rape   abuse   bigamy   imprisonment   "mental illness"  abortion   child neglect   being fired   fraud   divorce   betrayal   rage   crying in public   homelessness   desertion   slavery   addiction   rudeness   bigotry   dishonesty   cruelty   obesity   incest   infidelity   murder   lying   homosexuality   theft   atheism

There are a few words there that send a red flag waving in my heart and head. How about you?

I found the following info about family secrets:

Family secrets are different than unawareness of information about members and ancestors. They're conscious decisions to withhold details of a shameful, scary, or illegal event or relationship (like a crime, abortion, an affair, or desertion), a personal trait (like an addiction or perversion). Some family secrets stand alone. Others are part of an inherited family distrust-policy that says "We don't tell outsiders our family's business." *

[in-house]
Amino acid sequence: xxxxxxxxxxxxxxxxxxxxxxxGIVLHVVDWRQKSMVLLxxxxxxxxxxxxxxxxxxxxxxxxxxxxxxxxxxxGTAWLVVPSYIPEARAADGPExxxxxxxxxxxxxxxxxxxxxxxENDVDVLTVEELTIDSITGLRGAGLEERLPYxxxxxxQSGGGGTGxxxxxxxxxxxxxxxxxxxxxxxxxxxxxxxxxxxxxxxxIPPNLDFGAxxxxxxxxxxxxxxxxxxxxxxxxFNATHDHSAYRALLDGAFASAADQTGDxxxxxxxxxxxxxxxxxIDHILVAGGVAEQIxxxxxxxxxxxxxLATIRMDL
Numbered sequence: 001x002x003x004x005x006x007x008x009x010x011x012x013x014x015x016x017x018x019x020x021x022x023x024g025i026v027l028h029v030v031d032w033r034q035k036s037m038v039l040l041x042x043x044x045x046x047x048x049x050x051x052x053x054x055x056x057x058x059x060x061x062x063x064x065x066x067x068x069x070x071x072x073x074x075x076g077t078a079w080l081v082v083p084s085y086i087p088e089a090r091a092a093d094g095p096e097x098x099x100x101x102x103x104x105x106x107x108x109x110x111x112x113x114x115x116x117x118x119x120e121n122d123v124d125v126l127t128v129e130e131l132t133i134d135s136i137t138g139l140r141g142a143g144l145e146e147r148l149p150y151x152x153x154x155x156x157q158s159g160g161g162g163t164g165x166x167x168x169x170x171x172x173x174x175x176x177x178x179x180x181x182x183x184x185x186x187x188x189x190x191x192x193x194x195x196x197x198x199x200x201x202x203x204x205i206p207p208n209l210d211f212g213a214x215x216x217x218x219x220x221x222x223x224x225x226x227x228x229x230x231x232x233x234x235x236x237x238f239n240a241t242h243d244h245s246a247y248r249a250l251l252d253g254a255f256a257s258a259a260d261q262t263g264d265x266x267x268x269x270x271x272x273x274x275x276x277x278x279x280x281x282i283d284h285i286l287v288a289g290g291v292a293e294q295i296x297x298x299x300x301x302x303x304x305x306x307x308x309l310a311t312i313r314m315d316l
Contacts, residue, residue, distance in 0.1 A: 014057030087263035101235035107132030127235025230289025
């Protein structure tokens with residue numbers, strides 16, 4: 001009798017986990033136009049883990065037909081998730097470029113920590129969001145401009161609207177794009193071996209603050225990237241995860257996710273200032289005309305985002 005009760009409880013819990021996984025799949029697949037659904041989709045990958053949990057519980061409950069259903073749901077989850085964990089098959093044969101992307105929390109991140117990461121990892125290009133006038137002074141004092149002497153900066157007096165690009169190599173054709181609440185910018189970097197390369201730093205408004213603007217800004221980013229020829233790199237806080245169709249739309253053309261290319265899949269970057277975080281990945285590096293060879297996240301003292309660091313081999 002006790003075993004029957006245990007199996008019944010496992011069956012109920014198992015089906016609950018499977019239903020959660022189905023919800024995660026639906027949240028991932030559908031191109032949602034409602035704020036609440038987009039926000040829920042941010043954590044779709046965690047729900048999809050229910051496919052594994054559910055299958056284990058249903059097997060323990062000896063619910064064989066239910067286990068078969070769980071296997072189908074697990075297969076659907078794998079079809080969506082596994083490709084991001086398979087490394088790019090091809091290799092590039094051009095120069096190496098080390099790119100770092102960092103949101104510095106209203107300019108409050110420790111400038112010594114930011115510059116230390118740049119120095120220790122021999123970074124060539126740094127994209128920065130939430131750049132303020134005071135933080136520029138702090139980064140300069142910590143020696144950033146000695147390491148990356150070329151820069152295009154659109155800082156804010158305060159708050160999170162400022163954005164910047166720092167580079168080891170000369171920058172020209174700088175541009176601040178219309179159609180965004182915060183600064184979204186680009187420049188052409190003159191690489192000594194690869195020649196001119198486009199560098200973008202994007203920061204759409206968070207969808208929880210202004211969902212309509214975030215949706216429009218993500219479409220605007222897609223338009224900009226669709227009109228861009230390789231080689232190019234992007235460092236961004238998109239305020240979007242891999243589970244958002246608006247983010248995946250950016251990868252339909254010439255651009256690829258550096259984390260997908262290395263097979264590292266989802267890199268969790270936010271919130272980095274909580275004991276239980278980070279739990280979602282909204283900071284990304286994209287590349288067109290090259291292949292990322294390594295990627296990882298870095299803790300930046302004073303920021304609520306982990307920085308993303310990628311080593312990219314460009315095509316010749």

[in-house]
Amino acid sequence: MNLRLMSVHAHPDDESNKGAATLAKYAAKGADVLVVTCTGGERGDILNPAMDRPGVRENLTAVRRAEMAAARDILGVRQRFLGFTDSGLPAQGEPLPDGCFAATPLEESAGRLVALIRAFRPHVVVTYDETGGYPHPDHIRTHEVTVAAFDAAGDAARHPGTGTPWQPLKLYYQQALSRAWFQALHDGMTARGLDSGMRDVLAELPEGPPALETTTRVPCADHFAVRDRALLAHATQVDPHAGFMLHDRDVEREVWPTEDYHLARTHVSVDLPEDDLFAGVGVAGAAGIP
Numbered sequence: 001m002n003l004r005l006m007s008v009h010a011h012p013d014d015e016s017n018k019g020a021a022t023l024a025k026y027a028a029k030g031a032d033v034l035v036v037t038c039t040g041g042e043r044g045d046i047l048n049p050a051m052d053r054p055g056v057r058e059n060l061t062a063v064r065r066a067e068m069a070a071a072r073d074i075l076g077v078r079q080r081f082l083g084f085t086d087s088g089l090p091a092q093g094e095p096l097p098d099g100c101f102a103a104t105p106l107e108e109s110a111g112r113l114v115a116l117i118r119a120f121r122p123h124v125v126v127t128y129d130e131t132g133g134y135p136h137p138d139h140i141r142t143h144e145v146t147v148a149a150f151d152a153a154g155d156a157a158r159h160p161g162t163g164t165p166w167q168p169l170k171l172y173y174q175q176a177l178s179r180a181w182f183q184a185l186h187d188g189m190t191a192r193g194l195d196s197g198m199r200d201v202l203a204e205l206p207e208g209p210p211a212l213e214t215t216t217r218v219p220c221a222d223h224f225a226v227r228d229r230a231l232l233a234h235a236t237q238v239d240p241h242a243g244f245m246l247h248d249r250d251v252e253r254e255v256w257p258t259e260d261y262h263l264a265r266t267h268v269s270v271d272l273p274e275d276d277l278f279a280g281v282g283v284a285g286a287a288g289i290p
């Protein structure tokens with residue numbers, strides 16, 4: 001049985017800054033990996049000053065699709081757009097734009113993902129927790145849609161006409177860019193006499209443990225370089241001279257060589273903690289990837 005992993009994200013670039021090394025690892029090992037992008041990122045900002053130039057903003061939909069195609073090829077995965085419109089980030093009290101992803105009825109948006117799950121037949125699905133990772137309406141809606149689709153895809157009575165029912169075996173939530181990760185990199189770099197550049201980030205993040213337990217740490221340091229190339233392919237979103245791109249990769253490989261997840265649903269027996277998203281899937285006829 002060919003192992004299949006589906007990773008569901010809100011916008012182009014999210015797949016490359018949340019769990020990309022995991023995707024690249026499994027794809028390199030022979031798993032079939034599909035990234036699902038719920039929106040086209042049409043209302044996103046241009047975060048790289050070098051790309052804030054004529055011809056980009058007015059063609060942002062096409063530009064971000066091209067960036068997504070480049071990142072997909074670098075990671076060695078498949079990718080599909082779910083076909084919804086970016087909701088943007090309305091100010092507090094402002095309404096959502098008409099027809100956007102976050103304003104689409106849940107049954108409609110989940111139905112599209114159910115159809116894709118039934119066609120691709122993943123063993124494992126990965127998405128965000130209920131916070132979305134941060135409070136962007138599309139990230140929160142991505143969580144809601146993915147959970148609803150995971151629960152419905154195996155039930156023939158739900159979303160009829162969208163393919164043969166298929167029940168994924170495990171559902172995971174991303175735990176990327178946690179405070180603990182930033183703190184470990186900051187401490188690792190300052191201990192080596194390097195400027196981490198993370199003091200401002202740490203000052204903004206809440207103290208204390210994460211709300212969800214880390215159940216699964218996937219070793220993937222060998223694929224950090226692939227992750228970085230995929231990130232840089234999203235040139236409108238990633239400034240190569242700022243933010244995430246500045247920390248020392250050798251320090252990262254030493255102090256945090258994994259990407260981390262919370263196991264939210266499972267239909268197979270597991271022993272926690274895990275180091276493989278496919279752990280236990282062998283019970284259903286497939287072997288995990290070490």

Last year when I visited Thistle Farms, I listened to women recovering from addiction talk about the day’s topic: Secrets. There were a few statements from that discussion that resonated with me so much that I wrote them down:

“The only person I was keeping secrets from was myself.”

“I’m breaking the cycle of secrets.”

“I’m not ashamed of my past, "I’m proud of my future!”

“Freedom ain’t free.”

There is so much truth in these simple statements. To be free of the weight that a family secret can have, you have to first free yourself. Sometimes that comes with a price tag. Sharing secrets can cause long-buried emotional pain to come bubbling to the surface. Then you have to deal with that, whether it be your own secret or someone else’s.